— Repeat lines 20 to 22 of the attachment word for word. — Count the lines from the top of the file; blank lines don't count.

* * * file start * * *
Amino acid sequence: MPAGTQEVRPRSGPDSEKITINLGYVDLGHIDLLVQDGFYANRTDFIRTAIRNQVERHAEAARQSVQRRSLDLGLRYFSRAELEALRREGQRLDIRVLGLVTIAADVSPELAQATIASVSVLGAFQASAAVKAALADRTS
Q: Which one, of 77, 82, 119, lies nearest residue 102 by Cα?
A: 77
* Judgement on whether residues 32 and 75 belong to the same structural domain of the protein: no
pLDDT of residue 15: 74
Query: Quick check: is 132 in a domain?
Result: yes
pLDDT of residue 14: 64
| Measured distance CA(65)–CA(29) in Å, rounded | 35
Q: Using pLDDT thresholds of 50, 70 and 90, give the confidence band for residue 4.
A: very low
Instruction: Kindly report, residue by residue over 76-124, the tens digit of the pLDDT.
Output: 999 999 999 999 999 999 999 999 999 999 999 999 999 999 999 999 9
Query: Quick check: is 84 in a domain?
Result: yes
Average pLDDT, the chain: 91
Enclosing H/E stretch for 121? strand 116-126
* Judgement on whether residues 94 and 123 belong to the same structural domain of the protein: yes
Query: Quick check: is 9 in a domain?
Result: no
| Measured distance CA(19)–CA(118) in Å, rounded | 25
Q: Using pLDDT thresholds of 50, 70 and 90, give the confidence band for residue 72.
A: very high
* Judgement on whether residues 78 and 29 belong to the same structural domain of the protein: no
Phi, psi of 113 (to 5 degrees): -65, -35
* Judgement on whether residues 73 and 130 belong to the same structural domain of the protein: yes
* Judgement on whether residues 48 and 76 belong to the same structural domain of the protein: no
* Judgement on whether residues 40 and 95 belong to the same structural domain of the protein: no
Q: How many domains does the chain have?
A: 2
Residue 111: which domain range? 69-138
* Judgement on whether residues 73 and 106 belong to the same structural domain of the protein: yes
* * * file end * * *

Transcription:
Result: no
| Measured distance CA(19)–CA(118) in Å, rounded | 25
Q: Using pLDDT thresholds of 50, 70 and 90, give the confidence band for residue 72.